When he was a young intern for Congressman Rob Bishop in Washington, D.C., Adam Gardiner would lead visitors through the National Statuary Hall Collection in the U.S. Capitol, where two figures of historical significance represent each state.
Brigham Young, the larger-than-life Mormon leader who led pioneers to the Salt Lake Valley and established it as a crucial crossroads in the Western U.S., is the subject of Utah’s first statue. But Gardiner never felt satisfied when he would walk people to the statute of Philo T. Farnsworth, the Utah-born man who pioneered television technology.
“Philo T. Farnsworth was never an exciting Utah story to me,” Gardiner said, noting that Farnsworth spent much of his life in Idaho. “I actually spoke with Congressman Bishop and said, ‘Isn’t there someone from Utah that would be better represented in the Capitol?’”
“Here‘s Philo Farnsworth and he’s holding a sausage.”
— Rep. Rob Bishop (as recalled by his former aide Adam Gardiner)
The former intern, now a state legislator, says the answer to that question is a resounding “yes,” and he’s working on drafting a bill that would swap Farnsworth’s statue with one of Martha Hughes Cannon, which now sits outside the Utah state Capitol. Cannon is notable as the first woman in the country elected to a state Senate seat.
For Gardiner, it’s not just Farnsworth’s ties to Idaho that make him a mediocre symbol for Utah.
“When I would go on tours with Congressman Bishop and he was leading the tours, he would always say, ‘And here’s Philo Farnsworth and he’s holding a sausage’ and that was all he would say,” Gardiner recalled. “Hardly anyone could correct him because no one knew who this person was.”
Many may also be unfamiliar with the story of Cannon, a Mormon pioneer who earned a medical degree from the University of Michigan. But Gardiner said the polygamous wife and suffragette, who defeated her own husband when she won her state Senate seat in 1896, would represent a key piece of Utah’s history on D.C.’s national stage.
An 8-foot-tall bronze statute of Cannon was erected in the Utah state Capitol in 1996 and about a decade later was moved outside into the Capitol plaza, where it stands today.
“What I would like to see happen is for the Martha Hughes Cannon statue to be moved into the U.S. Capitol on the anniversary of the 19th Amendment in August 2020,” Gardiner said. “I think it would be cool to show that Utah as a state — as a territory — granted women suffrage 40 or 50 years before the federal government recognized it.”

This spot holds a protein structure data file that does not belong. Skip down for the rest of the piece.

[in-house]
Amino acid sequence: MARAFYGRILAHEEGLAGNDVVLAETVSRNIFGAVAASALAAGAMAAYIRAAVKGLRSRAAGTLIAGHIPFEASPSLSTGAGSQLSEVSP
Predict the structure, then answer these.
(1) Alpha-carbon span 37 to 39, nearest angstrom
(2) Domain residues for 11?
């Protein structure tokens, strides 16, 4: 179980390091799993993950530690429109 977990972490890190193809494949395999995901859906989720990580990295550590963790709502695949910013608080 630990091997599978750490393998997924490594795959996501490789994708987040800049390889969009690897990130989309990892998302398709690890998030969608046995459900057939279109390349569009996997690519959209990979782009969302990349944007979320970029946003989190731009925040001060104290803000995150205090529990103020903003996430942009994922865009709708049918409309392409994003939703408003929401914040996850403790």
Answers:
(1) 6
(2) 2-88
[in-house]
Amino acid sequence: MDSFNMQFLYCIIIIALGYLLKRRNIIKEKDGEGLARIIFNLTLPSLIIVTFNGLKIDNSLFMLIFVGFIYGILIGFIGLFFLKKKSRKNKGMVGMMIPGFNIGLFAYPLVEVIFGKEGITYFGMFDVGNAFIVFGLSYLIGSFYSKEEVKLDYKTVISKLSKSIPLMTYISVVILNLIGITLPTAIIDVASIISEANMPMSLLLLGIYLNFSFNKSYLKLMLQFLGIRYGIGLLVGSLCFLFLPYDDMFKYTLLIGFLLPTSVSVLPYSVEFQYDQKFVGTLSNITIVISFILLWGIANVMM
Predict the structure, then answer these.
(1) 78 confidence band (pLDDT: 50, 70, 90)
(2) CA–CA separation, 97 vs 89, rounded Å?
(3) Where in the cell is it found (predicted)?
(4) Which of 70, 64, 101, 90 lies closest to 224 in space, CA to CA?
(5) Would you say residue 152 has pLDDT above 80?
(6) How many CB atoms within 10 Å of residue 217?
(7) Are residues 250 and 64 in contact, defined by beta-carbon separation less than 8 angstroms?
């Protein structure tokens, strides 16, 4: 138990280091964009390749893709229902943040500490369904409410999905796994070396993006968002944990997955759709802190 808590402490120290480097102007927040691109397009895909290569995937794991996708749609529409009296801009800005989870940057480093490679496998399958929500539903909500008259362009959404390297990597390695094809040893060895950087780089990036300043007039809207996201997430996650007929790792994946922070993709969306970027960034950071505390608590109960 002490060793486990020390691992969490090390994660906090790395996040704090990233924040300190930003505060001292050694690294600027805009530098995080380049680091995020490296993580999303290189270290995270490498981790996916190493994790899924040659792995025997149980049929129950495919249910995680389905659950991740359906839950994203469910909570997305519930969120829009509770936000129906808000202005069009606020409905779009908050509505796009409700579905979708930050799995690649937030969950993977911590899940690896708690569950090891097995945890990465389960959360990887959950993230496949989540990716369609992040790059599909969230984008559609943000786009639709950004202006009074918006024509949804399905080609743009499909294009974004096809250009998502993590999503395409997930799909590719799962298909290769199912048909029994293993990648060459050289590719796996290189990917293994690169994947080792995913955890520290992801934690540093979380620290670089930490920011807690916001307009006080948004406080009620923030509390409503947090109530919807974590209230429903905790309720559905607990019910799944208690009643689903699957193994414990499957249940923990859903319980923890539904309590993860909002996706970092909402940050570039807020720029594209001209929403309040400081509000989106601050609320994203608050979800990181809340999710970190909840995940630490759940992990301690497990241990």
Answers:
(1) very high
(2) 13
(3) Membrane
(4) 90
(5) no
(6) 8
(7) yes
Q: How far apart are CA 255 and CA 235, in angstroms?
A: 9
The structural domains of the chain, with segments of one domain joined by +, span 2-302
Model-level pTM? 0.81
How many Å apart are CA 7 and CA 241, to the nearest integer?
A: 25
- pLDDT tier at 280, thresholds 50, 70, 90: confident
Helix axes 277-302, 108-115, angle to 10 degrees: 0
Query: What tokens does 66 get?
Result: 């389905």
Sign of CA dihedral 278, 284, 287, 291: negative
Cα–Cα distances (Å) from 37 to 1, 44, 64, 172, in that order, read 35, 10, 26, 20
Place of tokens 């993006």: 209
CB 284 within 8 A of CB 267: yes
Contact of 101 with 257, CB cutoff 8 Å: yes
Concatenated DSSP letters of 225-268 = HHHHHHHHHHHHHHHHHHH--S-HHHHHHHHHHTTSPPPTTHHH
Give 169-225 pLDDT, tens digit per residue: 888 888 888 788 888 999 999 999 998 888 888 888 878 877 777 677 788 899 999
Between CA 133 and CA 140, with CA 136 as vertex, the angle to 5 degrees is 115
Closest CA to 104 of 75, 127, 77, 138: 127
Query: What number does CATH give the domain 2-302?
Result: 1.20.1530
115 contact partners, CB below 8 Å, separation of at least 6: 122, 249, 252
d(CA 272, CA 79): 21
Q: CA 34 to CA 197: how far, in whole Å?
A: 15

Gardiner said he’s received positive feedback about the proposal so far. Sen. Todd Weiler, R-Woods Cross, will be sponsoring the bill in the Senate and may be taking the lead on it if Gardiner, who is running to be interim Salt Lake County recorder, wins the full-time post later this month.
Weiler said he’s had an interest in replacing Farnsworth’s statue for several years, spurred by tours he’s led of Utah’s Capitol.
“He‘s been sufficiently honored and I think it’s time for someone else to have the spotlight.”
— Utah Sen. Todd Weiler.
“I’m surprised at how many Utahns — how many of my constituents and others — are unaware that Utah has that great legacy with [Cannon],” Weiler said. “It’s such a great story.”
There are two requirements for a state to replace one of its stone structures in D.C.’s National Statuary Hall Collection: the Legislature must adopt a resolution for replacement signed by the governor and the statue being replaced must have been displayed in the Capitol for at least 10 years.
Farnsworth’s statue has been on display since 1990 — 40 years after Young’s statue was placed in the nation’s Capitol. At the time the Legislature selected Farnsworth to represent the state in 1987, Utah was one of six states that had only one statute in D.C.
There was no real effort to commission another Utah statue, so Farnsworth became Utah’s choice largely due to heavy lobbying by schoolchildren from Ridgecrest Elementary School in Cottonwood Heights, according to an archived article from the Deseret News.
Though the state approved the statue, the Legislature didn’t fund the $250,000 members estimated at the time that the statue would cost. Rather, the bill was paid by private donors.
Weiler and Gardiner said their plan, if approved, would also fund the endeavor without taxpayer money. They expect to see support from both sides of the aisle, and Weiler said the only ones he believes might oppose the move would be Farnsworth’s family.
“I think Philo’s descendants are not going to like it,” Weiler said. “They’re very proud of him and that’s something that I’m sure that they’re going to see as somehow disparaging him, but that won’t be my focus. I think he’s been sufficiently honored and I think it’s time for someone else to have the spotlight.”
Correction: A quote about Farnsworth's descendants likely opposing a resolution to remove his statue from the U.S. Capitol was misattributed.